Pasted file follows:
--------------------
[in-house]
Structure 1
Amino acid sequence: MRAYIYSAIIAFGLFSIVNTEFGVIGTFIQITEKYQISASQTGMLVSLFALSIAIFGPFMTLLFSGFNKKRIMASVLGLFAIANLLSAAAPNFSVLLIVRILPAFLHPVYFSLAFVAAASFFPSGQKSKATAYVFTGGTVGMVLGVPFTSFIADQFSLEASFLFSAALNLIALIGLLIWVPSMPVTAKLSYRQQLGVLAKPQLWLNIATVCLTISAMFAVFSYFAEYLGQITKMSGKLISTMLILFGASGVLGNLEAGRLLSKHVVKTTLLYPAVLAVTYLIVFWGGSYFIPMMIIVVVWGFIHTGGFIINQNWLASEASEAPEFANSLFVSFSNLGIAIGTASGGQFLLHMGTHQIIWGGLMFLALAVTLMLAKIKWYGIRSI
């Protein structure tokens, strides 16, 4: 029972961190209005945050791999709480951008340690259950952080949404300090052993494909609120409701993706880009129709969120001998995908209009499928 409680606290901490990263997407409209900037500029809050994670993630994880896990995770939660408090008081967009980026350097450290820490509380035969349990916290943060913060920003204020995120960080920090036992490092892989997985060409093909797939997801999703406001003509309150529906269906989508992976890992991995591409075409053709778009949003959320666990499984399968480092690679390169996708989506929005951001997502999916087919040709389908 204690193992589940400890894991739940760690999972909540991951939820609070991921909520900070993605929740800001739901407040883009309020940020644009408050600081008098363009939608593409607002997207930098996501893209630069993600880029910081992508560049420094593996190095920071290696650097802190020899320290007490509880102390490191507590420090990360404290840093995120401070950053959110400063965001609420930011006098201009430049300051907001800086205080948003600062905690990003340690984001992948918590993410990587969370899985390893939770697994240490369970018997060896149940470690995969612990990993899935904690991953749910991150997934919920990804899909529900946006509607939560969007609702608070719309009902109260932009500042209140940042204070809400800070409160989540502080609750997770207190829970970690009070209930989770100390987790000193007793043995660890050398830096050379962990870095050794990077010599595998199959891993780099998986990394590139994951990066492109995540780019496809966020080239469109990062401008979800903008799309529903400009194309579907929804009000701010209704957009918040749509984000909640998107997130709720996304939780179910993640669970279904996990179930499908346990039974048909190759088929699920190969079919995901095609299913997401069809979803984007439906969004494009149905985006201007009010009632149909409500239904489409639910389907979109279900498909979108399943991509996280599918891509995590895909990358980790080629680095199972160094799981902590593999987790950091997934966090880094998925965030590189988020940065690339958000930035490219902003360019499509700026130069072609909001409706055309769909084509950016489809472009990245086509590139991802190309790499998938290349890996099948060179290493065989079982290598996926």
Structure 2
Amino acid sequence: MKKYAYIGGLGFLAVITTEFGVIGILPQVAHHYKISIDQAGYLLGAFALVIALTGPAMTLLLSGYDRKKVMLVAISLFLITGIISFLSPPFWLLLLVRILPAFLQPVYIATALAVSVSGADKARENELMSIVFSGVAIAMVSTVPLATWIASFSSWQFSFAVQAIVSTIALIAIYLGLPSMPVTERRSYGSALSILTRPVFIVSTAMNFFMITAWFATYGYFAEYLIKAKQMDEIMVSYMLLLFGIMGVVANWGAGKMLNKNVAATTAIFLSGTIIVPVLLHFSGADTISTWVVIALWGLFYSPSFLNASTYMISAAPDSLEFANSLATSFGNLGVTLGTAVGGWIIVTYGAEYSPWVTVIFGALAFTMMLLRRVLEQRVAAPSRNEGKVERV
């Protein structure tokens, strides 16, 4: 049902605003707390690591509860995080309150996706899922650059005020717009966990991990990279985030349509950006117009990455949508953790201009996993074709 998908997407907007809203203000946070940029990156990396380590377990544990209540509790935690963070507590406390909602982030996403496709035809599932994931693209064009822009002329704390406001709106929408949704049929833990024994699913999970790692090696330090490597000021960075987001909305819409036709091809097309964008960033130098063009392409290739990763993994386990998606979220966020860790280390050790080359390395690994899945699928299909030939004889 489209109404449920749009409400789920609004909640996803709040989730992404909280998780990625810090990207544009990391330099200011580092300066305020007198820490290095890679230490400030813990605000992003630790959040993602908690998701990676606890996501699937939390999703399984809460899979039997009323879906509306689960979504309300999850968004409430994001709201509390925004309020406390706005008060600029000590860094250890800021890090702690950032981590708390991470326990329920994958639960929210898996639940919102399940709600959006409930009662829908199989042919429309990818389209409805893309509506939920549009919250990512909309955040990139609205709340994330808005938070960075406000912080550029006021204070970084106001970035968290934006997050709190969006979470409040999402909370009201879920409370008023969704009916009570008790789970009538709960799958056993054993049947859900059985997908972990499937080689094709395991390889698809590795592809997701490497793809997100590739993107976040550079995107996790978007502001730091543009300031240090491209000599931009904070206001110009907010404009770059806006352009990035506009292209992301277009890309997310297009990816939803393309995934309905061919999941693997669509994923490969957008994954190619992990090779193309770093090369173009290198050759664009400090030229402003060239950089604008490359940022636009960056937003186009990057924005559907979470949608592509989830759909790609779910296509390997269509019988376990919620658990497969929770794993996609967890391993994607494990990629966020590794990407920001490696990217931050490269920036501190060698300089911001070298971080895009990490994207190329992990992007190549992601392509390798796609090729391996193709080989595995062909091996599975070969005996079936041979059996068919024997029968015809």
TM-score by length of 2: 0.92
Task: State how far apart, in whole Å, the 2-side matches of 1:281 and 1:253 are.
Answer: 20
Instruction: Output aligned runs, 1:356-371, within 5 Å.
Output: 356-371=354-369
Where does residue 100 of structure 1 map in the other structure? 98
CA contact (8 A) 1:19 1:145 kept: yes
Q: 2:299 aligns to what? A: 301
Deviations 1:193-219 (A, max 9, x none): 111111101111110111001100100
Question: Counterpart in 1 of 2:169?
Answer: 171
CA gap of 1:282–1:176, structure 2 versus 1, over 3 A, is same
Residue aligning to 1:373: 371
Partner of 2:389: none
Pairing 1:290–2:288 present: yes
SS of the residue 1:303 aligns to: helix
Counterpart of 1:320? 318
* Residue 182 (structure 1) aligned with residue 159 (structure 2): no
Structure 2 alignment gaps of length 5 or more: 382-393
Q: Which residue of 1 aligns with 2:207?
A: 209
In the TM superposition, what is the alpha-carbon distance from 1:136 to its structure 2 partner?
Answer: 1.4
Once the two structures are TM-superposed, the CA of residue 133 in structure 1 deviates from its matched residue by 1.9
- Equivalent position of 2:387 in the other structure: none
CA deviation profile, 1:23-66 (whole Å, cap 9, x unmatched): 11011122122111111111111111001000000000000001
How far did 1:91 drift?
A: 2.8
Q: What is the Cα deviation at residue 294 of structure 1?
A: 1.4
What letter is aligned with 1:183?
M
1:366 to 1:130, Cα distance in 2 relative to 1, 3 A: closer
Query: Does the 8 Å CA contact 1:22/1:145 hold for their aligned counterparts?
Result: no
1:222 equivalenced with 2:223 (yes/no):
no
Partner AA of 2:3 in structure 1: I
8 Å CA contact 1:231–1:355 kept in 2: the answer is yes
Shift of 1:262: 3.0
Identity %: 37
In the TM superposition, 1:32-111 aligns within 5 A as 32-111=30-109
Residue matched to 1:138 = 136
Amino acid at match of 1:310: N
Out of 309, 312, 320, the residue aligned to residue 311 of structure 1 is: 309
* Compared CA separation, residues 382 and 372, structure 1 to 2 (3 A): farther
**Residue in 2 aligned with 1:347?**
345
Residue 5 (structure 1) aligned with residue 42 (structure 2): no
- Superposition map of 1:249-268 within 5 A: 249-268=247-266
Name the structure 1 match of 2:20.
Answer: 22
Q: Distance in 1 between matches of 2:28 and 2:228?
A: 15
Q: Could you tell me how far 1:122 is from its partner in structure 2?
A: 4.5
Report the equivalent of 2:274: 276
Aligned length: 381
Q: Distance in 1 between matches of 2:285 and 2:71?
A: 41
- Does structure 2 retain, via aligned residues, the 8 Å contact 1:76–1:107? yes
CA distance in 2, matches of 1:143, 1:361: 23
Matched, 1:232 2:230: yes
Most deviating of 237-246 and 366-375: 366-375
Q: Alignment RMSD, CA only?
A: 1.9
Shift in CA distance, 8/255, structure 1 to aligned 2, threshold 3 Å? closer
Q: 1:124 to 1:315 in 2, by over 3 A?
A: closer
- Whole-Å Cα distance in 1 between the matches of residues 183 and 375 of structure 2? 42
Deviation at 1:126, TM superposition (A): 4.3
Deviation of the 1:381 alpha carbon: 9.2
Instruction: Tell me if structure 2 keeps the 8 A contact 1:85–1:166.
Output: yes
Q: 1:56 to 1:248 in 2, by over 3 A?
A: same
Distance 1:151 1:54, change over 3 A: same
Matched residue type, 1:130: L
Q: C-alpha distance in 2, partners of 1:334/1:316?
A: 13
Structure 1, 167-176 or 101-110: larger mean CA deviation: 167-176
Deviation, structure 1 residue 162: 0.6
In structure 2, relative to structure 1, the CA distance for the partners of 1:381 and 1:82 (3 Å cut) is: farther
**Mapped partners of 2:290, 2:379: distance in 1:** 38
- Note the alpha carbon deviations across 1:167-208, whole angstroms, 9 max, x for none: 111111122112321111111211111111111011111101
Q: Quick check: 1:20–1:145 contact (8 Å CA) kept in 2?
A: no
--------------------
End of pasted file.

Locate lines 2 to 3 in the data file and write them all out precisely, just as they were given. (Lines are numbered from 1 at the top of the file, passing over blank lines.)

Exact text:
Structure 1
Amino acid sequence: MRAYIYSAIIAFGLFSIVNTEFGVIGTFIQITEKYQISASQTGMLVSLFALSIAIFGPFMTLLFSGFNKKRIMASVLGLFAIANLLSAAAPNFSVLLIVRILPAFLHPVYFSLAFVAAASFFPSGQKSKATAYVFTGGTVGMVLGVPFTSFIADQFSLEASFLFSAALNLIALIGLLIWVPSMPVTAKLSYRQQLGVLAKPQLWLNIATVCLTISAMFAVFSYFAEYLGQITKMSGKLISTMLILFGASGVLGNLEAGRLLSKHVVKTTLLYPAVLAVTYLIVFWGGSYFIPMMIIVVVWGFIHTGGFIINQNWLASEASEAPEFANSLFVSFSNLGIAIGTASGGQFLLHMGTHQIIWGGLMFLALAVTLMLAKIKWYGIRSI